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Chesapeake Bay's Blue Crab Population Increase Is Good News, Officials Say

BALTIMORE (WJZ) — Every winter, Maryland and Virginia dredge the Chesapeake Bay's bottom, looking for crabs down in the mud to take a survey of the overall population.

"We were pleasantly surprised by the numbers this year. So it's always good to see some good news," said Jenine McClain with Department of Natural Resources' Blue Crab Project.

As it turns out, very good news. An estimated total of 594 million blue crabs, a 60 percent increase over last year. This includes 190 million females, a 29 percent jump, as well as 324 million juveniles.

This is double 2018's numbers.

"Especially the juvenile numbers, that have a strong recruitment year is really good news," McClain said.

So why the Bay's bounty this year? Start with a mild winter, which did not freeze the water above and the crabs below.

Then there are the past three years of increased underwater grasses, 100,000 acres in 2018.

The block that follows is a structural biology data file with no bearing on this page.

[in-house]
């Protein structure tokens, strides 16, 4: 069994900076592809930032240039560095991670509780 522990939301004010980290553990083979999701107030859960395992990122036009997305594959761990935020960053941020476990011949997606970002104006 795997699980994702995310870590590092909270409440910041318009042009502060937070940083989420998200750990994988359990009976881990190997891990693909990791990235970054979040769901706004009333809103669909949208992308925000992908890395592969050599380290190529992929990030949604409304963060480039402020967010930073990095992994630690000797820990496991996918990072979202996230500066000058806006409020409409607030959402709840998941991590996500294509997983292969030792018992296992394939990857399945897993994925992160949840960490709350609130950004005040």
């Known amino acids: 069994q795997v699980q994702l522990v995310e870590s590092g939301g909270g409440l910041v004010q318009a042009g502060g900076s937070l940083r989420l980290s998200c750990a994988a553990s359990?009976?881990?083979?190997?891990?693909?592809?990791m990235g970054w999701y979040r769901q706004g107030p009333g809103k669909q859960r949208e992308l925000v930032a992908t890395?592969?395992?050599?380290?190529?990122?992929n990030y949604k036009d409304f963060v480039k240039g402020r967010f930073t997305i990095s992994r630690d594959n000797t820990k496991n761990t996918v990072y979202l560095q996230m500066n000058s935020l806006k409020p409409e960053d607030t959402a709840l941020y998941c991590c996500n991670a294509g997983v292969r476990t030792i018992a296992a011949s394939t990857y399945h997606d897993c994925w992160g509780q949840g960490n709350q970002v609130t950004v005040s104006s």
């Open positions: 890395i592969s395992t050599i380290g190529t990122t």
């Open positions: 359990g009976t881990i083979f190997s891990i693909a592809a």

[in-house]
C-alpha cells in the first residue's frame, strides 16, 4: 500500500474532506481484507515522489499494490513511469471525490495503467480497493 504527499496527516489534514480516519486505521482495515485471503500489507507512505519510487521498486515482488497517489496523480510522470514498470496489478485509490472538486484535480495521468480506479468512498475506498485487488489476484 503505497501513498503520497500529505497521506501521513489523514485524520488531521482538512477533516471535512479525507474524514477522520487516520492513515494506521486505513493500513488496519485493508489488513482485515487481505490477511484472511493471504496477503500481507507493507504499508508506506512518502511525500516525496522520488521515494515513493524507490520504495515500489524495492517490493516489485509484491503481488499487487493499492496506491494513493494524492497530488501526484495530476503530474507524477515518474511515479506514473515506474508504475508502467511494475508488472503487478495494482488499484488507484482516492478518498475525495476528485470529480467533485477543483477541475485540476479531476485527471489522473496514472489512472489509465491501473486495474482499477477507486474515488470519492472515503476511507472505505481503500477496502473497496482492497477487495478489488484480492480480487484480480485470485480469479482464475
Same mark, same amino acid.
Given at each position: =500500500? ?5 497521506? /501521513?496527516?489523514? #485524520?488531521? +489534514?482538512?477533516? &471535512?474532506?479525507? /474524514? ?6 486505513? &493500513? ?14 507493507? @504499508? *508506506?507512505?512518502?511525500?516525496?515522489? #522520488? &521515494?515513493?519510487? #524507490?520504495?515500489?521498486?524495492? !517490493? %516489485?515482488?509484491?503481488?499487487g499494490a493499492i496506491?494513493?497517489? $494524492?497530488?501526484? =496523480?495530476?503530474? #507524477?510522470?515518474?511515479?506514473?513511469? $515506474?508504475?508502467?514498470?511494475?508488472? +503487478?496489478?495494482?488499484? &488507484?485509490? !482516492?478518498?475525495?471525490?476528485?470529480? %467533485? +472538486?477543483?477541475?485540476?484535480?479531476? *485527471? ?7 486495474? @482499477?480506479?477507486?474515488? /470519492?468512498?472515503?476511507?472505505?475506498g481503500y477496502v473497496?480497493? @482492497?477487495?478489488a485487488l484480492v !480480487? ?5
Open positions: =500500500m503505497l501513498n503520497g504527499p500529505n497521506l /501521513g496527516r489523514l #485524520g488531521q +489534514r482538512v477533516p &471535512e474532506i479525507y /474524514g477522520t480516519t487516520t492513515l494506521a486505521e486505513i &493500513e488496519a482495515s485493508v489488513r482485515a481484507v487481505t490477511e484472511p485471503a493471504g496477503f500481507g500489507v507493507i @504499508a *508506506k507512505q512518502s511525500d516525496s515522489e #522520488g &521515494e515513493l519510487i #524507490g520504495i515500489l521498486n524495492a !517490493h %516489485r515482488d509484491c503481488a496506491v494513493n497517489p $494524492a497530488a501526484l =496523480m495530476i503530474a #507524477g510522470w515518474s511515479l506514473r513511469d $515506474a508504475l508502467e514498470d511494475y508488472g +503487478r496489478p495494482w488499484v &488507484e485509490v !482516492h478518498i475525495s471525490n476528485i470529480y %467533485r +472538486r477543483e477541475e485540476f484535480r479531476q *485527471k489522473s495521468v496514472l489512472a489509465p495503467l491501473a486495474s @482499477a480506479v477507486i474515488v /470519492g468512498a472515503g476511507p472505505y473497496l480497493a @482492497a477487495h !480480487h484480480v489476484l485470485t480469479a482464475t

"Seagrasses are one of the most important of what we call nursery habitats for juvenile crabs. They give them a place they are protected from predators and they can feed there and grow up quickly," said Allison Colden with the Chesapeake Bay Foundation.

Which means adult crabs to harvest now and down the road. The increase of crabs could ultimately mean a decrease in harvest regulations.

"That's possible," Colden said. "I know that each year Maryland and Virginia look at their regulations and see if any adjustments need to be made,"

"Things like Bushell limits and the length of the season," McClain added. "Other controls to keep the fishing at a sustainable level,"

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